I am part of a delegation of the FARC-EP that traveled to Scandinavia, formally invited by the government of Norway, with the approval of its Colombian pair
Traveling to Oslo from Bogotá takes thirteen hours by jet. They are more than 8,000 kilometers across the Atlantic at more than thirty thousand feet in height.
I commented to Victoria Sandino, who was traveling by my side, that we were doing in a day what for other men, centuries ago, represented a challenge of historical proportions, Columbus, Magellan, Francis Drake.
Times change. I am part of a delegation of the FARC-EP that traveled to Scandinavia, formally invited by the government of Norway, with the approval of its Colombian pair. The Kingdom of Norway served as the guarantor of the peace process that ended with the Final Agreement last November. For more than five years, alongside the Republic of Cuba, it remained perseverant at the Talks Table of Havana, and it must be said, in honor of the truth, that its presence and influence was crucial for the final achievement.
Especially for a truth that no one who has the head in its place can put in doubt. Norway seemed called to represent, at the talks, the role of ally of the government of President Santos, on the assumption that it is a developed capitalist country and member of NATO. Anyone could say, in turn, that the socialist character of the Cuban revolution naturally converted it to be our ally on the Talks Table.
In the end we are completely clear that neither of the two guarantors meant what at first glance would seem like elemental logic.
Their real commitment was to provide the maximum of collaboration and support to make talks possible, while at the same time pushing hard, even in the most difficult moments, so that neither side would walk away from the Table. This implied an enormous responsibility with the peace of our country, an untouchable impartiality, a motivation of a nature far superior to any immediate interest.
Now that the Agreements are a fact, and the priority is to work on their implementation and compliance, the government of Norway again demonstrates a moving generosity. We were told by Foreign Minister Brende at the meeting on Tuesday that his desire was that the Cuban Foreign Minister, Bruno Rodriguez, would also have been present in Oslo. Unfortunately his schedule made it impossible for him to attend.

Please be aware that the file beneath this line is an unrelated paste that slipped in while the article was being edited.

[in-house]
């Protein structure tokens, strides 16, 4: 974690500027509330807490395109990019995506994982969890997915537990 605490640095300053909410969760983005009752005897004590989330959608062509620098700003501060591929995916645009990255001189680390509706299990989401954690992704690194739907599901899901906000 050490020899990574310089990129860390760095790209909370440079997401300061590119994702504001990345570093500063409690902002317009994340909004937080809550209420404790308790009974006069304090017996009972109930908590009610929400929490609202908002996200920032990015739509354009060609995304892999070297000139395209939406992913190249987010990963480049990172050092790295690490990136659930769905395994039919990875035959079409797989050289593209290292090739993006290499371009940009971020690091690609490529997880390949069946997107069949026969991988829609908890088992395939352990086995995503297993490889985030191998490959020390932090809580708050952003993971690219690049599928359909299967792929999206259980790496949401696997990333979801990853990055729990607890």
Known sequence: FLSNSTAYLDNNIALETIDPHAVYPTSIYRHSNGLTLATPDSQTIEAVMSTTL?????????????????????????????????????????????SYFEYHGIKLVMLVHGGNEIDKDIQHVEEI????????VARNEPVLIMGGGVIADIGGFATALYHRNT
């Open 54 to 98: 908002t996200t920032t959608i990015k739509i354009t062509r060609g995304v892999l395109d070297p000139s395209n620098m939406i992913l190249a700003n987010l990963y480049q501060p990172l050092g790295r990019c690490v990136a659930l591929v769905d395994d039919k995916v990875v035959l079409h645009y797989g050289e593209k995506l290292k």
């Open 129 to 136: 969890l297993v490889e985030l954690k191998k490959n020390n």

Norway wanted the two guarantor countries to show the world their willingness that their work of so many years will not end up frustrated in any way.
The peace of Colombia, contrary to what is presented by internal sectors of the extreme right, is a world-wide event, in which governments and organizations from all over the world are engaged.
This is proved by Norway’s invitation to the FARC to attend the Oslo Forum, an international meeting that is about drawing a line on how to find a civilized and peaceful way of solving and avoiding armed conflicts in today’s world. To this meeting come personalities from countless countries for the exclusive purpose of talking about how to end the war and the unilateral impositions that end up generating it.
The Peace Agreement signed in Colombia is an example for the universe.
The study of its particularities and teachings occupies the attention of the most thinking minds of the five continents. Colombians perhaps fail to appreciate the dimension of what has been achieved in our country with the political solution to our long war. Events such as that of Norway undoubtedly contribute to awareness. Above the low attacks and quarrelsome of those who insist on keeping alive the flame of hatred and violence.
For editorial reasons, this column that I write to be published in Las2Orillas on Fridays, must be delivered to the portal on Wednesday.
That little gap between its writing and its publication have given me real headaches. The weekend can be framed in events very different from those that shone at its beginning, and this always implies the risk of appearing a bit out of focus from the immediate reality.
This time, for example, I write in Oslo, on the edge of midnight, on Tuesday. We are just on the first day of the Oslo Forum, its part specifically related to Colombia still to begin, as it will take place on Wednesday. And pending the Open Forum on our country, which will take place on Thursday, on the initiative of the Colombian Foreign Ministry. It is impossible for me therefore a more complete analysis of the days we will have spent here.
I would like to comment that this afternoon John Kerry kindly approached to greet some members of our delegation, expressing his willingness to assist as much as possible for the success of our peace process. It was just one of the valuable encounters on the first day.
There will be opportunity to speak of all that.